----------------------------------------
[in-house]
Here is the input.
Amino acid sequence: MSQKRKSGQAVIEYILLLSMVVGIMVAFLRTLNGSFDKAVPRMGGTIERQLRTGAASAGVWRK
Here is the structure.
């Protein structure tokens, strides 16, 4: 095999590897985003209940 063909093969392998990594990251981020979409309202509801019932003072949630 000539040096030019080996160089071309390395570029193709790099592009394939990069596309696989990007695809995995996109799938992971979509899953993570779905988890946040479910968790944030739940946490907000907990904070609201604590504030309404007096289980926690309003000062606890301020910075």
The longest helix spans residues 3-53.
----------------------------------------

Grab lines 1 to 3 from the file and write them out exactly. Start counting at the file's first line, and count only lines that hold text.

[in-house]
Here is the input.
Amino acid sequence: MSQKRKSGQAVIEYILLLSMVVGIMVAFLRTLNGSFDKAVPRMGGTIERQLRTGAASAGVWRK